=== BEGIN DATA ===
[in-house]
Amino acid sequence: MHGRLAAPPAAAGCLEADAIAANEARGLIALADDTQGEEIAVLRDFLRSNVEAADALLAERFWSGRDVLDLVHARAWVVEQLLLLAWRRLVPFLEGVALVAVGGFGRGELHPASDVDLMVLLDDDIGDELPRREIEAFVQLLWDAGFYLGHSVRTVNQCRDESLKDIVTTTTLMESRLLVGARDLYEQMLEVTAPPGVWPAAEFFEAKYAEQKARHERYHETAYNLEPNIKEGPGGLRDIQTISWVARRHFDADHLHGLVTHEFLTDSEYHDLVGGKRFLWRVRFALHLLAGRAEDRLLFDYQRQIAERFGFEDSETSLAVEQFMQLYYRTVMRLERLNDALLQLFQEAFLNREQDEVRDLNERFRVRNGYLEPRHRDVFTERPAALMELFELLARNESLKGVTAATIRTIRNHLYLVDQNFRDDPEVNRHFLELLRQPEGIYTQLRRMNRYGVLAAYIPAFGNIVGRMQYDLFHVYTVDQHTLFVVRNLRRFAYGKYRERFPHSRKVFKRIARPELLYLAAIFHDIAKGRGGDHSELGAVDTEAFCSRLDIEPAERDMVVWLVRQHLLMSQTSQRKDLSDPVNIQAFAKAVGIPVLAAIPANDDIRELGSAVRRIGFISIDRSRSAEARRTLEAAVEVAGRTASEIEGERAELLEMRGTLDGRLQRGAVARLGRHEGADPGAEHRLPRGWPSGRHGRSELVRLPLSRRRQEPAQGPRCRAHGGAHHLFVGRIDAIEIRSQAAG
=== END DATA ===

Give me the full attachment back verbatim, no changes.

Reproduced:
[in-house]
Amino acid sequence: MHGRLAAPPAAAGCLEADAIAANEARGLIALADDTQGEEIAVLRDFLRSNVEAADALLAERFWSGRDVLDLVHARAWVVEQLLLLAWRRLVPFLEGVALVAVGGFGRGELHPASDVDLMVLLDDDIGDELPRREIEAFVQLLWDAGFYLGHSVRTVNQCRDESLKDIVTTTTLMESRLLVGARDLYEQMLEVTAPPGVWPAAEFFEAKYAEQKARHERYHETAYNLEPNIKEGPGGLRDIQTISWVARRHFDADHLHGLVTHEFLTDSEYHDLVGGKRFLWRVRFALHLLAGRAEDRLLFDYQRQIAERFGFEDSETSLAVEQFMQLYYRTVMRLERLNDALLQLFQEAFLNREQDEVRDLNERFRVRNGYLEPRHRDVFTERPAALMELFELLARNESLKGVTAATIRTIRNHLYLVDQNFRDDPEVNRHFLELLRQPEGIYTQLRRMNRYGVLAAYIPAFGNIVGRMQYDLFHVYTVDQHTLFVVRNLRRFAYGKYRERFPHSRKVFKRIARPELLYLAAIFHDIAKGRGGDHSELGAVDTEAFCSRLDIEPAERDMVVWLVRQHLLMSQTSQRKDLSDPVNIQAFAKAVGIPVLAAIPANDDIRELGSAVRRIGFISIDRSRSAEARRTLEAAVEVAGRTASEIEGERAELLEMRGTLDGRLQRGAVARLGRHEGADPGAEHRLPRGWPSGRHGRSELVRLPLSRRRQEPAQGPRCRAHGGAHHLFVGRIDAIEIRSQAAG